The district purchased 160 computers with Measure A funds through June 30, a spreadsheet obtained by The Alamedan through a public records request shows, along with 80 document cameras and 90 LCD projectors. Ruby Bridges Elementary School, which Shemwell said didn’t have any document cameras, received 26 of them, the spreadsheet shows.
The district is also upgrading schools’ wireless access in order to better accommodate mobile devices, a project that’s in the works this month and next, Shemwell said.
Additional technology funding was distributed to schools at a rate of $11 per student, to spend on technology they chose. Earhart, Franklin, Haight and Lincoln schools purchased smart boards with the funds, while Edison, Maya Lin, Paden and Ruby Bridges purchased laptops for staff and Encinal High School bought students responders, also known as “clickers,” which teachers can use to poll students to ensure they understand what’s being taught, the spreadsheet obtained by The Alamedan shows.
Alameda High School used the money – a little over $20,000 – to help create a multimedia lab, according to the spreadsheet and a community bulletin issued by the district earlier this month. Other schools spent money after the district’s books closed on June 30, and that spending will be reflected in this school year’s budget, district officials said.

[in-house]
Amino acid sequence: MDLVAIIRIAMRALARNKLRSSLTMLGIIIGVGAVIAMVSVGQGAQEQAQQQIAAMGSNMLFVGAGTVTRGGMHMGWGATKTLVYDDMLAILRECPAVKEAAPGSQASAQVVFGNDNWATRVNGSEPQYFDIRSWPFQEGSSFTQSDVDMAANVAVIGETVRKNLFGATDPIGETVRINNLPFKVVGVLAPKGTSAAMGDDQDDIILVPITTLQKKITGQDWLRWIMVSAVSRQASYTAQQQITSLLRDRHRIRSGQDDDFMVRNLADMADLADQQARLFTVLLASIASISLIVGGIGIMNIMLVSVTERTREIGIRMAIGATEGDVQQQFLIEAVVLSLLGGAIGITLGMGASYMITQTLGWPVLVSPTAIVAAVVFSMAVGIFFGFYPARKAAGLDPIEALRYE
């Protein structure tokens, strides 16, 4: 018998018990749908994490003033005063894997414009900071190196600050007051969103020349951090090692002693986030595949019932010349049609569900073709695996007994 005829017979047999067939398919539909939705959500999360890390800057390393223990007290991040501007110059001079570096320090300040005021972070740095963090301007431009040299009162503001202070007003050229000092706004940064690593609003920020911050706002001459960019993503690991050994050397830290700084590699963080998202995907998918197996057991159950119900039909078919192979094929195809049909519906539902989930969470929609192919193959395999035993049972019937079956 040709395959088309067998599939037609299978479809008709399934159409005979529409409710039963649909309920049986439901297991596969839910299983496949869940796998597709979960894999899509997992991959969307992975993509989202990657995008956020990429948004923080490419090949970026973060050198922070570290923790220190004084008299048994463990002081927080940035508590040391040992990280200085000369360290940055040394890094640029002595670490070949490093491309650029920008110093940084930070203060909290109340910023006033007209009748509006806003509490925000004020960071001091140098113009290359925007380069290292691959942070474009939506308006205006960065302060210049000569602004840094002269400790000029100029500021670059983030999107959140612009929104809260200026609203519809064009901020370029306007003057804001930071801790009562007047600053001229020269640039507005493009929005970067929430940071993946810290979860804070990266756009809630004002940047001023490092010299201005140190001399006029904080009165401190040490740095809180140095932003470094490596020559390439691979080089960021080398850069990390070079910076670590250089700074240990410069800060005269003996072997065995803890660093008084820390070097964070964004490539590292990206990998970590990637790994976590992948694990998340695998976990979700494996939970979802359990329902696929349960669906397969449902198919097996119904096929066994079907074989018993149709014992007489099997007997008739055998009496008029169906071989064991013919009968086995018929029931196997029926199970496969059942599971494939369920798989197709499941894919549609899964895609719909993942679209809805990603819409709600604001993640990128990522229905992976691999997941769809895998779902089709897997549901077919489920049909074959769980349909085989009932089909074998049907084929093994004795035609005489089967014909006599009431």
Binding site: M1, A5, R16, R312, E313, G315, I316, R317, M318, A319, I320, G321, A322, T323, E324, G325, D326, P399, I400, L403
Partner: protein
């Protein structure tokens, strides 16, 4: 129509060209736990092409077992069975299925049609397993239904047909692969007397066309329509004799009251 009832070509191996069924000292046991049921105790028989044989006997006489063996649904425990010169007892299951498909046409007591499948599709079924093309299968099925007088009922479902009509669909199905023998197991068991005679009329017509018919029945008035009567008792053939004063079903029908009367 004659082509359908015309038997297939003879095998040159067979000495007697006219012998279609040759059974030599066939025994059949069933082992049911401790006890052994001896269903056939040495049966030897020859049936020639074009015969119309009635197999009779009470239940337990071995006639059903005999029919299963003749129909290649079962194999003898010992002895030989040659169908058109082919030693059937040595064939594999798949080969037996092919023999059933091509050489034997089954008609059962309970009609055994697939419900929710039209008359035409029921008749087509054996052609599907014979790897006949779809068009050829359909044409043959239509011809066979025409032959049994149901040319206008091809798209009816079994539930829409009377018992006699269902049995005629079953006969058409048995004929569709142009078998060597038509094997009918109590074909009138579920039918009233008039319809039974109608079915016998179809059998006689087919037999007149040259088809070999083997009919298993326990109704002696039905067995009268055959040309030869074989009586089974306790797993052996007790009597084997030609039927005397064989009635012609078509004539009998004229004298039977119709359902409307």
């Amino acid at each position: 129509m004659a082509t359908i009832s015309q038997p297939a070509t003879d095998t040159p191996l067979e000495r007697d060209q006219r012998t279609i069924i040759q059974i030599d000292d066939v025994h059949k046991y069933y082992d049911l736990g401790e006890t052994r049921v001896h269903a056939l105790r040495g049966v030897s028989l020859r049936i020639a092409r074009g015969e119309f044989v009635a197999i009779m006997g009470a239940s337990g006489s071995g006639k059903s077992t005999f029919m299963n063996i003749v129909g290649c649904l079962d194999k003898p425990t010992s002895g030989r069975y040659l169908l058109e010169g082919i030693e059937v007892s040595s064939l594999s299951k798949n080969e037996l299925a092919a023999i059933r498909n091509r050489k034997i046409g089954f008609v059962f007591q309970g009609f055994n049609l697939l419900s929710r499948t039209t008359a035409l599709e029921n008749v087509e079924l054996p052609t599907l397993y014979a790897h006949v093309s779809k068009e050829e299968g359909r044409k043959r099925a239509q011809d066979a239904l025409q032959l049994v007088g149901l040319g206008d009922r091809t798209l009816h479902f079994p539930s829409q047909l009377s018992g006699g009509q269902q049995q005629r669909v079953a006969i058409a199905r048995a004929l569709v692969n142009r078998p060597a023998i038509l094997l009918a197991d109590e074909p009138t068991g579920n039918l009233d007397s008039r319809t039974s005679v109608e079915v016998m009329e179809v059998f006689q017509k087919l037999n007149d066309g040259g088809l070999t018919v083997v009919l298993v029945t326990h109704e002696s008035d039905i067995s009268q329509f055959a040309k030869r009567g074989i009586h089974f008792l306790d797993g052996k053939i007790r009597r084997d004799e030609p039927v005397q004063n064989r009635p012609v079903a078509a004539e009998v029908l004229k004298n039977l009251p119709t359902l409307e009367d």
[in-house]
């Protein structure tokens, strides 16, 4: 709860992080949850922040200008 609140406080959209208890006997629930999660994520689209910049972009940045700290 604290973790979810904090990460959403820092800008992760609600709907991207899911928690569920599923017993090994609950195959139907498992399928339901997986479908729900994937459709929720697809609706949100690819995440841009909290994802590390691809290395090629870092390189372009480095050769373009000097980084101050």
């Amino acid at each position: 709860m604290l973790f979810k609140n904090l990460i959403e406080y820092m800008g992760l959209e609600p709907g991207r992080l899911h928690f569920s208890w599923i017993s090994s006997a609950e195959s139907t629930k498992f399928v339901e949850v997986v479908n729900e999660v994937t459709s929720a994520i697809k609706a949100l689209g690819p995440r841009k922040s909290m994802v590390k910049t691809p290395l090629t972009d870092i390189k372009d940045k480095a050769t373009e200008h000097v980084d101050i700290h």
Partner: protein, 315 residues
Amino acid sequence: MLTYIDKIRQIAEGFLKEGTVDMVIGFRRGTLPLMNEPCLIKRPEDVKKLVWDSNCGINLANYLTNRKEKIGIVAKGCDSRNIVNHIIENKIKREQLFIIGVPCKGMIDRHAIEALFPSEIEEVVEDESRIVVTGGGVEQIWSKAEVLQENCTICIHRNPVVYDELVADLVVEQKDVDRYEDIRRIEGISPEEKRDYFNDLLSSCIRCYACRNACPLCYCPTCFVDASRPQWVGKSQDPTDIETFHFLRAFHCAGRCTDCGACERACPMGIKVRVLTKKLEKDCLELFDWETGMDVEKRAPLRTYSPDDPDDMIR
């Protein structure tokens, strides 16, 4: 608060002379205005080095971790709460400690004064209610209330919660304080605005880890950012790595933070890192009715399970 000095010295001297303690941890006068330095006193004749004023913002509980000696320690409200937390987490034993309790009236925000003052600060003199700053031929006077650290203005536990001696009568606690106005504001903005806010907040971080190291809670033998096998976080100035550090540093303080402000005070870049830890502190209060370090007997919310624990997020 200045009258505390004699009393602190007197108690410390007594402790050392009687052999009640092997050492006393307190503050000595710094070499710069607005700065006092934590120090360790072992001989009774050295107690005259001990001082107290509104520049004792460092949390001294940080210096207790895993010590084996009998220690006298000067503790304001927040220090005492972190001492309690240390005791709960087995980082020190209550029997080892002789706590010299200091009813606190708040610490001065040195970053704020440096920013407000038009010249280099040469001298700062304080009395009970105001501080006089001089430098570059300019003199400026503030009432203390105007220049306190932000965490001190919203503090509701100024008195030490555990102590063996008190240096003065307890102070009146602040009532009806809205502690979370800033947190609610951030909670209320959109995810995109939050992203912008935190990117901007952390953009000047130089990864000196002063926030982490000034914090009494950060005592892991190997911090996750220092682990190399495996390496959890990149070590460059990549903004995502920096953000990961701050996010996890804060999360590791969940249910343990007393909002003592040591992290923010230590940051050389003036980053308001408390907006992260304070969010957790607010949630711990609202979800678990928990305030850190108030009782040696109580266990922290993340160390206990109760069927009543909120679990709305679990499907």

The district was also able to use state Economic Impact Aid money to upgrade school computer labs, a presentation on the technology plan offered Tuesday said.
Even with the Measure A money, the district will face some challenges in its effort to get its schools’ technology up to speed. Shemwell said Alameda’s schools – like others in the state – are five to 10 years behind in their deployment of technology, and the speed at which it advances makes new purchases obsolete quickly.
“This is a costly, costly endeavor. And you could easily triple that $250,000 amount and still not necessarily move us into light speed at providing technology across the district,” Shemwell said.